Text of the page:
Lord Bishop of Chichester
If we won’t fight injustice wherever we see it, then we are not safe from suffering injustice ourselves. If a man’s reputation can be destroyed in an afternoon by a secret kangaroo court, then we too can one day be propelled into a pit of everlasting shame by the same process.
If it can happen to anyone, it can happen to you. And it does happen. Accusations of long-ago sexual crime have become a sort of industry in this country. People are so horrified by them that they almost always believe them.
Because the crime is so foul, we stop thinking. To their shame, police and prosecutors use our horror to get easy convictions, when they must know that their cases are weak. The less actual evidence they have, the more they stress the disgusting nature of the alleged crime. And they forget to remind us that it is alleged, not proved.
Equally shamefully, judges do not stop these trials and juries leave their brains at the door. They convict not because they are sure the case has been proved beyond reasonable doubt, but because they are angry and revolted.
I am miserably sure there are disturbing numbers of people in British prisons now, prosecuted on such charges, who are innocent of the accusations against them. It is our fault, because we have forgotten what justice is supposed to be like, and that, if we do not guard it in our hearts, it will perish in the country.
This is why I have spent a shockingly large part of my life in the past two years trying to rescue the reputation of a dead bishop, George Bell of Chichester. I had known of him for many years and thought him a man of saintly courage.
I had also spent a very sunny part of an extraordinarily happy childhood in and around Chichester. I learned to be an Englishman, in many ways, in that beautiful, ancient city. Even so, when the Church of England publicly denounced him as a child abuser, I was astonished by the instinctive, molten fury that I then experienced. This was not just an opinion. It kept me awake at night.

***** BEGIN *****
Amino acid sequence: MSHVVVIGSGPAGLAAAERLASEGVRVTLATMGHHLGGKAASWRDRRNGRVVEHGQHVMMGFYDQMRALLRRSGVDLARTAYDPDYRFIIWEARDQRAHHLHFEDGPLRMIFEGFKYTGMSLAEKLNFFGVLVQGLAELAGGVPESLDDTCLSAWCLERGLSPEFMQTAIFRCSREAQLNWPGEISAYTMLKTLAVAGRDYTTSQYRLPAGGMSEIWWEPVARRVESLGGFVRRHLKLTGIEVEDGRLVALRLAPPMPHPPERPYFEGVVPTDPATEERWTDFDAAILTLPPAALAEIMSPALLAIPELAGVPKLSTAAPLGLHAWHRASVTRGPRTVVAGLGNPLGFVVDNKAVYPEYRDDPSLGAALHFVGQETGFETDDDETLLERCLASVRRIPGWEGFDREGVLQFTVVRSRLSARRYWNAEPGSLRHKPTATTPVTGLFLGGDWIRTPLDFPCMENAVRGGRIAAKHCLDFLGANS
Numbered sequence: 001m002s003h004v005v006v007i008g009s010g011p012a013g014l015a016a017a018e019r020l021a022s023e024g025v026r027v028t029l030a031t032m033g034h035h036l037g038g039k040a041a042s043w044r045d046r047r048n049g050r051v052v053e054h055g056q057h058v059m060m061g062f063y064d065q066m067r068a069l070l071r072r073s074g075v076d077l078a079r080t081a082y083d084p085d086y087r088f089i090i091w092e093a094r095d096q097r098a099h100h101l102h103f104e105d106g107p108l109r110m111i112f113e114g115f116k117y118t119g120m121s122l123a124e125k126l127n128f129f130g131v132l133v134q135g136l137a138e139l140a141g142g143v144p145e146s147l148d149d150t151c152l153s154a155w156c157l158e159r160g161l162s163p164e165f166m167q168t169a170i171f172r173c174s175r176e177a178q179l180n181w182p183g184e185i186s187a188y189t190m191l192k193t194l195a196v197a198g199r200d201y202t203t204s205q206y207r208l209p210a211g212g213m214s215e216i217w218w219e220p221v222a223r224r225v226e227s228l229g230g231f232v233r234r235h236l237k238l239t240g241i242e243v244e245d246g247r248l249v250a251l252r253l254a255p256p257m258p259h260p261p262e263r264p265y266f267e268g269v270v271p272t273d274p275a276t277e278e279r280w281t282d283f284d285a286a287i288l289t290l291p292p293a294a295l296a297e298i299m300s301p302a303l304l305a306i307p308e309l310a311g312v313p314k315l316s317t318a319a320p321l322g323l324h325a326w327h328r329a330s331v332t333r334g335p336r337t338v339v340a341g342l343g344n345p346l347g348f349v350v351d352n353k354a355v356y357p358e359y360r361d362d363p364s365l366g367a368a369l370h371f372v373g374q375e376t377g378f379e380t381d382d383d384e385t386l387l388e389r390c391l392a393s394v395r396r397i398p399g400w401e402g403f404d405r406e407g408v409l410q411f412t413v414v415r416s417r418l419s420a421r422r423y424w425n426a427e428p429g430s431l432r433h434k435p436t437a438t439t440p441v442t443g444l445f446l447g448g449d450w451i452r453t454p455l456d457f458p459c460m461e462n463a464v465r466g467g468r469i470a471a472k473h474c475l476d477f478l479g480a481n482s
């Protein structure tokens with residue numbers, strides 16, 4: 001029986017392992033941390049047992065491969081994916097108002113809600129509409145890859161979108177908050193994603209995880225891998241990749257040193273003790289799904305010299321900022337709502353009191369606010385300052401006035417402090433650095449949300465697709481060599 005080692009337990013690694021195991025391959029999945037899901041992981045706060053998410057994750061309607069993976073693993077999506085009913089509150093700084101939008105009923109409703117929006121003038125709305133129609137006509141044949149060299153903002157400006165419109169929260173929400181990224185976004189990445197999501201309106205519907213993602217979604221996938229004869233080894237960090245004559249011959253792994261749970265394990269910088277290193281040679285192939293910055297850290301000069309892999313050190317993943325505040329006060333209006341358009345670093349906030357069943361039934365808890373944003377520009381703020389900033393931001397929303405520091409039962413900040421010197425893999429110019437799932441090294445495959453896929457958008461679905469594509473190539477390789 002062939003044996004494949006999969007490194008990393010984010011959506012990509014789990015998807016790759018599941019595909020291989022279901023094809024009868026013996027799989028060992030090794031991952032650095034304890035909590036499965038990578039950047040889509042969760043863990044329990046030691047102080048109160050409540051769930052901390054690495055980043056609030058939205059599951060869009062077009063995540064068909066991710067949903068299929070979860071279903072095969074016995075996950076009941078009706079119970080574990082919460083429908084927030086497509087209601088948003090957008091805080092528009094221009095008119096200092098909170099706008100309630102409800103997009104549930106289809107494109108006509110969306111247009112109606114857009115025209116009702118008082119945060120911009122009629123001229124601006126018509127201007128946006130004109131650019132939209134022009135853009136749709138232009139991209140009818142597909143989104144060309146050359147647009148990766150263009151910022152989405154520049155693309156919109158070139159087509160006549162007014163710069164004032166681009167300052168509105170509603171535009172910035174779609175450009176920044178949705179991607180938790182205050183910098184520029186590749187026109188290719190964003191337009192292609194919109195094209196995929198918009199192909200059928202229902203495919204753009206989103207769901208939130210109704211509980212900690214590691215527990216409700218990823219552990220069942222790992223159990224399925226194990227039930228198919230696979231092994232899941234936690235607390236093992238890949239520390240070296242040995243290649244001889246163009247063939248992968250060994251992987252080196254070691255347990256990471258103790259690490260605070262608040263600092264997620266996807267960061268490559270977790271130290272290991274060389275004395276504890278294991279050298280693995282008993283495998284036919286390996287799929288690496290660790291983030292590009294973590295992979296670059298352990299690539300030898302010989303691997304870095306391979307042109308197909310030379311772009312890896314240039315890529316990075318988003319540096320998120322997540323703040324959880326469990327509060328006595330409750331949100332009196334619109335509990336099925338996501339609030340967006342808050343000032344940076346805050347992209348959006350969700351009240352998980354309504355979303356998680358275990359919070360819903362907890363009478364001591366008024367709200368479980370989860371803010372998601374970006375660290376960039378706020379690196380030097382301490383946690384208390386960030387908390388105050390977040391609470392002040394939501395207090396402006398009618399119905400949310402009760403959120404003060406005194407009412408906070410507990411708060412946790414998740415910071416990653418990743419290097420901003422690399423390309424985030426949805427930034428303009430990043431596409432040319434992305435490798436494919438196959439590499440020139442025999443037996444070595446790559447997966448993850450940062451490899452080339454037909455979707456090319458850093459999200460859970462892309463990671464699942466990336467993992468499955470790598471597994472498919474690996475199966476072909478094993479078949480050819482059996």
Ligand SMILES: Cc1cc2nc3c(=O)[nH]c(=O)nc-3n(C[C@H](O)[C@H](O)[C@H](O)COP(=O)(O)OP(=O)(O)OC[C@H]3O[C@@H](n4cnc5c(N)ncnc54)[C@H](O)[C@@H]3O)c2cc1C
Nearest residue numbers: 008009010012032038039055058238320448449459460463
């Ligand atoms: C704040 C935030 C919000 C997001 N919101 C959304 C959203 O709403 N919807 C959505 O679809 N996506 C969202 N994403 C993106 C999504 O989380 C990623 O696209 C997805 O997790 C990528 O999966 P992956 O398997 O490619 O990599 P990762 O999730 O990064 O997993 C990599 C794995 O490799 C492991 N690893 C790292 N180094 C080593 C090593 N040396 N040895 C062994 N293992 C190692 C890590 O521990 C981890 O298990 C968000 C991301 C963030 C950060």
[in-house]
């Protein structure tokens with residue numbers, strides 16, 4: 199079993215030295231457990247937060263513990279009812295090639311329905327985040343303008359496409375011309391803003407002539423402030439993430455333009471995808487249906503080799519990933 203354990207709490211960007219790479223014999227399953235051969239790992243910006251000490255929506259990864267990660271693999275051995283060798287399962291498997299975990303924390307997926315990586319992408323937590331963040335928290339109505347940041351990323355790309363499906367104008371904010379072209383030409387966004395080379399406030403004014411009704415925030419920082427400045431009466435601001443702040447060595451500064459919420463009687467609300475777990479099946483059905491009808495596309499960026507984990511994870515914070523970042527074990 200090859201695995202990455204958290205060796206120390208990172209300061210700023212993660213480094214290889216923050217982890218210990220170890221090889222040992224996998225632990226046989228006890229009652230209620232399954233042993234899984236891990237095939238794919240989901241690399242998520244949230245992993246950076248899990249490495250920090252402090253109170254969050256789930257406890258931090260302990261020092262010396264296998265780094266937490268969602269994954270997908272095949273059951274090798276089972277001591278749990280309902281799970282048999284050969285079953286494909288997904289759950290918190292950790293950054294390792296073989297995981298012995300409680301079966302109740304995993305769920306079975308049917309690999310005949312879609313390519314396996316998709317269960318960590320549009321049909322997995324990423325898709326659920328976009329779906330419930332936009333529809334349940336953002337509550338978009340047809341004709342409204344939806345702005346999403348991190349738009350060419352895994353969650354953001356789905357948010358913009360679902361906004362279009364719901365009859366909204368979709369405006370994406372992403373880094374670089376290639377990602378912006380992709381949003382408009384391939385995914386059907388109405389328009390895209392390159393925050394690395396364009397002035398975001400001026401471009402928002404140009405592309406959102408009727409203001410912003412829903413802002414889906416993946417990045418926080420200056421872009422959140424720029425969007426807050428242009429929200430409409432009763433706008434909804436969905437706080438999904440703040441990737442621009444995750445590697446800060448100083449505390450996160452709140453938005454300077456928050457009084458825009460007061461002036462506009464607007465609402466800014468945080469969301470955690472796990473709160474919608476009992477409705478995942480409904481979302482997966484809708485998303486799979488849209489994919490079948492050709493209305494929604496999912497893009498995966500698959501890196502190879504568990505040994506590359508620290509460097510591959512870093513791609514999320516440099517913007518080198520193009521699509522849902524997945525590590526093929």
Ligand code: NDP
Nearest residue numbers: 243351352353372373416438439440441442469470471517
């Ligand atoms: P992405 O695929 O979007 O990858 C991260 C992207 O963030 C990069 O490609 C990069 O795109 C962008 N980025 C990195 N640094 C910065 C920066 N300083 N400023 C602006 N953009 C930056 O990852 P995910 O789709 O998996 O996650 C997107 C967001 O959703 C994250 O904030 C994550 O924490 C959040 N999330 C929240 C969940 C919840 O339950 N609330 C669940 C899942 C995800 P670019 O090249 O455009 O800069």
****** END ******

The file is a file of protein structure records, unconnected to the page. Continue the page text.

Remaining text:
Fortunately, I found allies who felt the same. At first slowly and then with gathering strength and confidence, we assembled the evidence which showed that grave wrong had been done. The Church of England, whose senior figures are astonishingly unimpressive and tricky, tried to smear us with false claims that we had attacked the complainant. But they failed, and at last grudgingly agreed to review the case.
When the review told them that they had run an incompetent, miserable kangaroo court and that they had condemned a great man on evidence too weak to hang a hamster, they sat sulkily on that report for nearly ten weeks, until they were jeered into releasing it.
Even then, when it came out on Friday, a Church which supposedly believes in penitence was still wriggling like a basket of embarrassed eels. The distinguished and impartial lawyer who conducted the review, Lord Carlile QC, made it quite plain that no court would have found George Bell guilty on the evidence (indeed, the Crown Prosecution Service would not even have brought it to court).
He concluded the Church had hung one of its greatest figures ‘out to dry’. He even said ‘if I had been prosecuting this case, I would have lost it’, which is as near as such a person could come to saying George Bell is innocent.